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A viral TikTok controversy labels 24 April as ‘National rape day’. Is it true or yet another hoax?

By Harriet Piercy

Apr 23, 2021

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Unsurprisingly, yet another disturbing trend has formed on the internet. Having started on TikTok and group chats, a rumour has surfaced that 24 April is also celebrated as ‘National rape day’. First of all, to be clear, this is not true. Although an official investigation is underway, no one knows exactly where the rumour originated from. Here’s everything we know about the vile and potentially dangerous trend so far.

Where did the National Rape Day idea come from?

‘National Rape Day’ or ‘National Sexual Assault Day’ is an alleged holiday claiming to legalise sexual assult for 24 hours on 24 April. There is not a holiday in the US or anywhere else in the world that legalises sexual assault at all, or for any time period. Rape and sexual assault are crimes, and will continue to be crimes on 24 April.

In April 2021, over the last couple of weeks, warnings of this upcoming horrific day started popping up on TikTok. According to many videos and reports that are currently circulating, the trend was started by six men on TikTok who shared a video encouraging other men to sexually assault women on this day.

They allegedly said it is legal to do so, and shared tips on how to carry out the act. . The origin of the video, first posted in March 2021, is uncertain and has since been removed from the platform for obvious reasons. . Despite this, rumours are still gaining traction as users continue to post videos on the topic, unknowingly adding to the trend.

A TikTok spokesperson told USA Today that “The supposed ‘National Rape Day’ trend being reported upon is abhorrent and would be a direct violation of our Community Guidelines, and while we haven’t seen evidence of this trending on our platform, our safety team remains vigilant and would remove any such content.”

Having dug a little deeper, it appears that these rumours about a ‘National Rape Day’ aren’t new to 2021. Archived pages from Urban Dictionary show entries for this day dating back all the way to 2018. Although these entries have since been deleted from the website, a ‘correction entry’—added by Stevi Hardfordnow  states: “Don’t rape people it’s bad and national rape day is to put a stop to it. National rape day is to stop people raping girls and sometimes boys.”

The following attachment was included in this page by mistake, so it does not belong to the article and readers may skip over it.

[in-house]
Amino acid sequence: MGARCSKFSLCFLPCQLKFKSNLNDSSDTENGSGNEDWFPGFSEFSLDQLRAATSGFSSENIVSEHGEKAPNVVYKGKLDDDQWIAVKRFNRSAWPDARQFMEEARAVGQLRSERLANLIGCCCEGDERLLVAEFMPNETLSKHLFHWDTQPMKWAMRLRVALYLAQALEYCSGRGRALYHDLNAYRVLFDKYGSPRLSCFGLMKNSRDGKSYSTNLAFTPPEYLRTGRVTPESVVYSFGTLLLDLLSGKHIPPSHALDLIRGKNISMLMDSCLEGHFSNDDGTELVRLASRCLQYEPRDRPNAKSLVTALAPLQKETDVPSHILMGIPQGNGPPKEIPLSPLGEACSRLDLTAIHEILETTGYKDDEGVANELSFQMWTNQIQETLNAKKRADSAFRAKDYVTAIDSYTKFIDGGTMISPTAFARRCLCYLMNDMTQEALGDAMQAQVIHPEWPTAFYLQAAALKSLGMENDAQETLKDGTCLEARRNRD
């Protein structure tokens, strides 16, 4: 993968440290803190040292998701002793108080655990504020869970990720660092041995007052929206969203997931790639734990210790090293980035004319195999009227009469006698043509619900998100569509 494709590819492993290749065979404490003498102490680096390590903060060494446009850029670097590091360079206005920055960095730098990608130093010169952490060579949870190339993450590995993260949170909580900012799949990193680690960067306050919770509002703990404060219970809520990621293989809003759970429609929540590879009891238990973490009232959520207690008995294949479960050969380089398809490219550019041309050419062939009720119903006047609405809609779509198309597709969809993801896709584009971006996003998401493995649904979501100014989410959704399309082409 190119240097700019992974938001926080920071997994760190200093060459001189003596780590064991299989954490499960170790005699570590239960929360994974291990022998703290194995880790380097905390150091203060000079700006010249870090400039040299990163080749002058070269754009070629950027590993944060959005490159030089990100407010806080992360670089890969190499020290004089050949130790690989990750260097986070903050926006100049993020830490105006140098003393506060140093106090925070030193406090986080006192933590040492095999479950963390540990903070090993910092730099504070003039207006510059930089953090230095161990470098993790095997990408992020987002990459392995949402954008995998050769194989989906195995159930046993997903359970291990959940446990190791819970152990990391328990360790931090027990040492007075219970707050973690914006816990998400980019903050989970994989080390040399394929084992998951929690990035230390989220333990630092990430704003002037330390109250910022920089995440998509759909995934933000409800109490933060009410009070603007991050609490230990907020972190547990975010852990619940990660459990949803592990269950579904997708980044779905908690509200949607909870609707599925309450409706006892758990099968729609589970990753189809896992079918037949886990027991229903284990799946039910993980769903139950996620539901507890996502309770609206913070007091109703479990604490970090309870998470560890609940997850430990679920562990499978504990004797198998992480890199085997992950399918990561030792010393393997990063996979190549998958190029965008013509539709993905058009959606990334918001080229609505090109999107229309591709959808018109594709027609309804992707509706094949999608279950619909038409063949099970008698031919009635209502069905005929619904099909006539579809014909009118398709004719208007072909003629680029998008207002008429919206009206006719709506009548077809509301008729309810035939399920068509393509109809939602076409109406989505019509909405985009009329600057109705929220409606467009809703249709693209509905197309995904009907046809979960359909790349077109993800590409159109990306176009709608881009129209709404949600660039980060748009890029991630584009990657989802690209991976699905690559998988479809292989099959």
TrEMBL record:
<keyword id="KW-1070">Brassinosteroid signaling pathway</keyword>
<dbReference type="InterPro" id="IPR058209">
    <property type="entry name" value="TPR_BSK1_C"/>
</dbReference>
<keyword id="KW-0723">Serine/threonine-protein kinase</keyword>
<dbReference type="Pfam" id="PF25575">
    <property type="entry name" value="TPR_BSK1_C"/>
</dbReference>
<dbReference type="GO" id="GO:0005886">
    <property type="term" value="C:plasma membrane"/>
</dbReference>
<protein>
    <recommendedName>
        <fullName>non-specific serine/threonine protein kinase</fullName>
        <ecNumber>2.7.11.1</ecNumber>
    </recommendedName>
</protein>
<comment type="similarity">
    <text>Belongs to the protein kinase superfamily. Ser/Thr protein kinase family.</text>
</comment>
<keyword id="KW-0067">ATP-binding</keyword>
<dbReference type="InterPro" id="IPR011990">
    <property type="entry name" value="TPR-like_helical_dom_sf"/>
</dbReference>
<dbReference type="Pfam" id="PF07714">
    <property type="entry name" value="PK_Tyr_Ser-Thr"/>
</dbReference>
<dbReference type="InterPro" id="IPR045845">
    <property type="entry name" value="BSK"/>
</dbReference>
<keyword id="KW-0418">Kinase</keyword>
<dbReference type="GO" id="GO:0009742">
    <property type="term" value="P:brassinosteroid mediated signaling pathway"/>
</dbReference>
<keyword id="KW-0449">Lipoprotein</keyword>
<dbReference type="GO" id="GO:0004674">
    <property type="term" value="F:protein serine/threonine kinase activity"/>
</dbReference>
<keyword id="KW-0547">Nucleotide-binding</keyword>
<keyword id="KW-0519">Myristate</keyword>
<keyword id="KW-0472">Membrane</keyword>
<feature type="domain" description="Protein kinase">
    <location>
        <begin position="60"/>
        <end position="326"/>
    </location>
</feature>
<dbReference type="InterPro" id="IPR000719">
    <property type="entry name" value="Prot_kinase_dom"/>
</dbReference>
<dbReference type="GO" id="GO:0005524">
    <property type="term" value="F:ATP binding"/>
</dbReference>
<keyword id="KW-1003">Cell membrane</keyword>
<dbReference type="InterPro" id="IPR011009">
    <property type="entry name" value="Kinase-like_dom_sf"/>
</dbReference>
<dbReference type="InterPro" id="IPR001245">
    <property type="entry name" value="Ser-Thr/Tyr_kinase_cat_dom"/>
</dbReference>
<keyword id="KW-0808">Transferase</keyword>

The day may go back even further—Know Your Meme wrote that “Jokes and posts about a ‘National Rape Day’ date back to at least 2010 on Twitter, although none mention April 24th specifically or purport the day to be a real, practiced thing, more so using the phrase for comedic shock value.”

Social media has inevitably lapped this up, and women are now being urged to stay indoors and ‘safe’ on the day, which is certainly ridiculous but also quite terrifying. The ironic problem with such rumours and gossip is that they literally allow things to be talked into existence. In this case, the fact that this entire hoax is not true must be what is circulated the most. That being said, the surfacing of the entire ordeal is also bringing people into wider discussions about sexual assault, which can only be a good thing.

24 April rumours reaching UK universities

The 24 April rumours have also spread through UK universities. At the University of Exeter, rumours were circulating about a group chat of students with a “plan to rape as many girls as they can” on and around the day. Exeter’s university has now advised students to ignore the threats and has publicly stated that they are “designed to cause fear and to play on serious and genuine concerns regarding sexual assault.”

According to The Tab, the university has relayed these rumours to Devon and Cornwall police and that they are “currently making enquiries regarding the credibility of the group.” It also said the police believe the rumours are linked to the 24 April “international phenomenon.”

Although there is no clear evidence of it all, one thing is for sure: social media can be, and mostly is, a manipulative tool at best, and this is what we should all be aware of.

A viral TikTok controversy labels 24 April as ‘National rape day’. Is it true or yet another hoax?


By Harriet Piercy

Apr 23, 2021

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Opinion

Facebook is not trustworthy. So why are we still using it?

By Laura Box

Nov 20, 2019

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Social media

Nov 20, 2019